How To Successfully Build Habits
2024 is upon us! The start of the new year can be a time for great positive change, a new leaf for the new year allowing us to start anew with a fresh slate.
This year, we want to put an emphasis on building habits – honing in on what we are looking to achieve and setting a clear plan on how we are going to do it.
If you haven’t heard of it before, “Atomic Habits” by James Clear explores the transformative power of small, incremental changes in behaviour to achieve remarkable results. The premise revolves around the idea that tiny habits when consistently practised, can lead to significant personal and professional transformations. Clear introduces the concept of atomic habits, emphasising the compound effect of small actions over time.
He advocates for a shift in focus from setting goals to building systems that support positive habits. By understanding the science behind habits and employing practical strategies, you are empowered to make lasting changes in your lives.
Overall, Clear provides a succinct framework for understanding and implementing effective habits that can lead to lasting personal and professional growth.
Key considerations for successfully building habits:
1. Tiny Changes, Remarkable Results:
The central idea is that small, consistent changes, referred to as “atomic habits,” can lead to significant improvements over time.
By focusing on making 1% improvements every day, the cumulative effect can result in remarkable transformations.
To put it in context, instead of committing to completing five spin classes per week from the get-go, start with one or two and gradually increase frequency. The small change is more sustainable and can lead to a consistent exercise habit.
2. Habit Loop:
Clear introduces the habit loop: cue, craving, response, and reward. Understanding and manipulating this loop can help in building or breaking habits. Identifying the cues and rewards associated with habits can provide insights into how to change behaviour
To use feeling stressed as an example, create a habit loop by replacing a potentially less beneficial response (e.g. stress-eating) with a more positive one (e.g. taking a short walk or practising deep breathing). The reward is stress relief and an uplifting habit!
3. Identity-Based Habits:
Clear emphasises the importance of identity in habit formation. Rather than focusing solely on what you want to achieve (outcome-based habits), he suggests adopting habits that align with the type of person you want to become (identity-based habits).
For example: I am someone who prioritises my health and values nourishing my body, so I make choices that support my well-being, including engaging in physical activity each week.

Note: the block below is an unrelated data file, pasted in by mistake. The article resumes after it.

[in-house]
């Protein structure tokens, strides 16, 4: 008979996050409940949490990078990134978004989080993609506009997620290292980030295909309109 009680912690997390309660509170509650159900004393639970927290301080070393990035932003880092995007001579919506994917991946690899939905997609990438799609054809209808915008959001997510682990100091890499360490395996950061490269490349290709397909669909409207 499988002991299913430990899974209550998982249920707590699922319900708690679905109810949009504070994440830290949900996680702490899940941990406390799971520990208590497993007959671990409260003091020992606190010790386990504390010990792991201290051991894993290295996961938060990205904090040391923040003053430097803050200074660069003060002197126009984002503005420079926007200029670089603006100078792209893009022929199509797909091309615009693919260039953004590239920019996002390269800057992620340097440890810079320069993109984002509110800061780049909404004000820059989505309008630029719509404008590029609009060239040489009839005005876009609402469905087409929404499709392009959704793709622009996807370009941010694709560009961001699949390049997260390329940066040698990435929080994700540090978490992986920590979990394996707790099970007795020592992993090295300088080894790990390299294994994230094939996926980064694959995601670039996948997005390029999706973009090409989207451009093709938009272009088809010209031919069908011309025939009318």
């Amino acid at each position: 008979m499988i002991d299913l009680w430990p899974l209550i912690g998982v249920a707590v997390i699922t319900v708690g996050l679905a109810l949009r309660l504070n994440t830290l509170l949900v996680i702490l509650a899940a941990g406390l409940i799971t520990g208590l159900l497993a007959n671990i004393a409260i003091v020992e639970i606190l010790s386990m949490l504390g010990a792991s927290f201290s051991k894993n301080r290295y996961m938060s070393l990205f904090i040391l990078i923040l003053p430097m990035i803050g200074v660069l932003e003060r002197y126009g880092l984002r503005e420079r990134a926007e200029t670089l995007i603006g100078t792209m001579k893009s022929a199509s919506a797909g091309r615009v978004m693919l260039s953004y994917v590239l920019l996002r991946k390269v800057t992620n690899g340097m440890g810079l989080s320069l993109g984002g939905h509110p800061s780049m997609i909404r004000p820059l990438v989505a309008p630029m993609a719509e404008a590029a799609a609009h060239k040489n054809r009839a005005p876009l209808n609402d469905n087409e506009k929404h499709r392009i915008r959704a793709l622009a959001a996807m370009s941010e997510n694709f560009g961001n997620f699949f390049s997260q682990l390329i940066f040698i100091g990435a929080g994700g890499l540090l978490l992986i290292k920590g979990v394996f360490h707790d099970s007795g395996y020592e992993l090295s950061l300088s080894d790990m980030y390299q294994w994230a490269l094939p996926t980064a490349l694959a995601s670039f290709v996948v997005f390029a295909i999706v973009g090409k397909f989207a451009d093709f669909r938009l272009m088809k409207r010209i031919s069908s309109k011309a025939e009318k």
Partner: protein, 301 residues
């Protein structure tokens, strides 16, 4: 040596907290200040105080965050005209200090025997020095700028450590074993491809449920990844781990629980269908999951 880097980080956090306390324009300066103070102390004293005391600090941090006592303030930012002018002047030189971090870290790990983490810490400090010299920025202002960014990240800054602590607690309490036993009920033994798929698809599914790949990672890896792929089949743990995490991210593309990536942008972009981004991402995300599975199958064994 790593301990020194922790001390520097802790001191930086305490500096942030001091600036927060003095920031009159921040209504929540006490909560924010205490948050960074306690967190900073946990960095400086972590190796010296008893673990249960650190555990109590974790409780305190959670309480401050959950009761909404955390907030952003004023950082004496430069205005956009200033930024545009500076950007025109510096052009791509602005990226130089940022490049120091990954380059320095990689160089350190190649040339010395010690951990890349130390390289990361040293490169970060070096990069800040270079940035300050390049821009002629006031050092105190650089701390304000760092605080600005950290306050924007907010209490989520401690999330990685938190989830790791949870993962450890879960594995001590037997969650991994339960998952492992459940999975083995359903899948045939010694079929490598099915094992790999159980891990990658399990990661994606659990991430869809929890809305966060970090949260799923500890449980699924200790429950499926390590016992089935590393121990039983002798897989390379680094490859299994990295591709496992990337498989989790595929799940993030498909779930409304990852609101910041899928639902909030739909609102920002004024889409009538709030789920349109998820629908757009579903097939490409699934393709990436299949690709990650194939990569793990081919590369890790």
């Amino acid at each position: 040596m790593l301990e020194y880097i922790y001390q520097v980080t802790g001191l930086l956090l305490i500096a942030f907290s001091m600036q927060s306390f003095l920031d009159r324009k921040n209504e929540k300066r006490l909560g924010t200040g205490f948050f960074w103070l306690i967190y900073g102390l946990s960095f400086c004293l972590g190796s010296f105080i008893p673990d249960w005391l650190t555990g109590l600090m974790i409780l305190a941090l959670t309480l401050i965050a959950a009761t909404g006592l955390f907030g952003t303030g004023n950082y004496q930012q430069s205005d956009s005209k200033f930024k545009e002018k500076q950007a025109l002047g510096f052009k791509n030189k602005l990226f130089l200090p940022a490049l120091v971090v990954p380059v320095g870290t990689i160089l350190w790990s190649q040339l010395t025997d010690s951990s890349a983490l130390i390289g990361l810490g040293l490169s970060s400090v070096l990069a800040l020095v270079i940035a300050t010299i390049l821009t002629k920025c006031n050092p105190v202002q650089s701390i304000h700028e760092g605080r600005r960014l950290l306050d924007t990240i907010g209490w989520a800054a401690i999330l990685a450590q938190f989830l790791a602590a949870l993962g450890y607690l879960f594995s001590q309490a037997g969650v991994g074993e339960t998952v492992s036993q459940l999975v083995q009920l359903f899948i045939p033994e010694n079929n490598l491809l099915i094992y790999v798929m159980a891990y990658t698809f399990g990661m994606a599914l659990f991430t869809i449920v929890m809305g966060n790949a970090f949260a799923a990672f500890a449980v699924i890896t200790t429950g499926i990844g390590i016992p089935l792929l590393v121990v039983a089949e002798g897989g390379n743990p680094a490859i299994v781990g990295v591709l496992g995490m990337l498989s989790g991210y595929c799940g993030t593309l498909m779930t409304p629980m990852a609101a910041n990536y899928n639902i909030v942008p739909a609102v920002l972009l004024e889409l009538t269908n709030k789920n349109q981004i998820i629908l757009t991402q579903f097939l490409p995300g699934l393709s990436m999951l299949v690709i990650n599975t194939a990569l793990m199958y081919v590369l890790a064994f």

4. Environment Matters:
Clear highlights the significance of one’s environment in shaping behaviour. Modifying your surroundings can make it easier to establish and maintain positive habits.
Designing your environment to support desired behaviours and eliminate obstacles can contribute to long-term habit success.
To cover both exercise and nutrition habits, lay out your kit and prep all or even some of your meals the night before. This will make it far easier for you to get going the next day!
5. Plateau of Latent Potential:
Progress may not always be immediately visible, and individuals often experience a “plateau of latent potential” where results are not evident despite consistent effort. This can be particularly relevant for fat loss, as progress may not always be completely linear.
Continuing to focus on small improvements during this phase is crucial, as breakthroughs often happen after a period of seemingly stagnant progress.
Factors to be aware of when it comes to successfully building habits:
We’ve broken down some of the key considerations when it comes to how to build habits, but it would be remiss of us to miss out on some of the factors to be aware of. Some of these can pose challenges to the process, so being mindful of these can be helpful!
1. Time to Form a Habit
A widely cited study by Dr. Phillipa Lally and her colleagues suggests that, on average, it takes about 66 days for a new behaviour to become automatic or habitual. However, this duration can vary widely among individuals and the complexity of the behaviour.
Be patient with yourself – it won’t happen overnight!
2. Consistency Matters
Lally also suggests that the formation of habits is closely tied to consistent repetition. The study suggests that forming a habit is more likely when the behaviour is performed in a consistent context.
Consistency really is key!
3. Initial Difficulty
The early stages of habit formation can be challenging. Once again, according to Lally, the level of difficulty in forming a habit is highest in the first few days and gradually decreases over time.
4. Social Support and Accountability
Having social support and accountability can significantly impact the success of habit formation. Sharing goals with friends or joining a community with similar objectives can enhance the likelihood of forming and maintaining habits.
Having like-minded people around you or just a friendly check-in from time to time will be hugely helpful for keeping you on the desired course when it comes to your habits.
It’s important to note that individual experiences with habit formation can vary, and the process is influenced by factors such as personality, motivation, and the complexity of the behaviour being targeted. While statistics provide general insights, personal experimentation and adaptation of strategies are often necessary for effective habit formation.
We hope we’ve given you the low down on how to successfully build habits and also the factors to be aware of from the get-go. Just know that it takes time, but keep persevering and believe you can do it!
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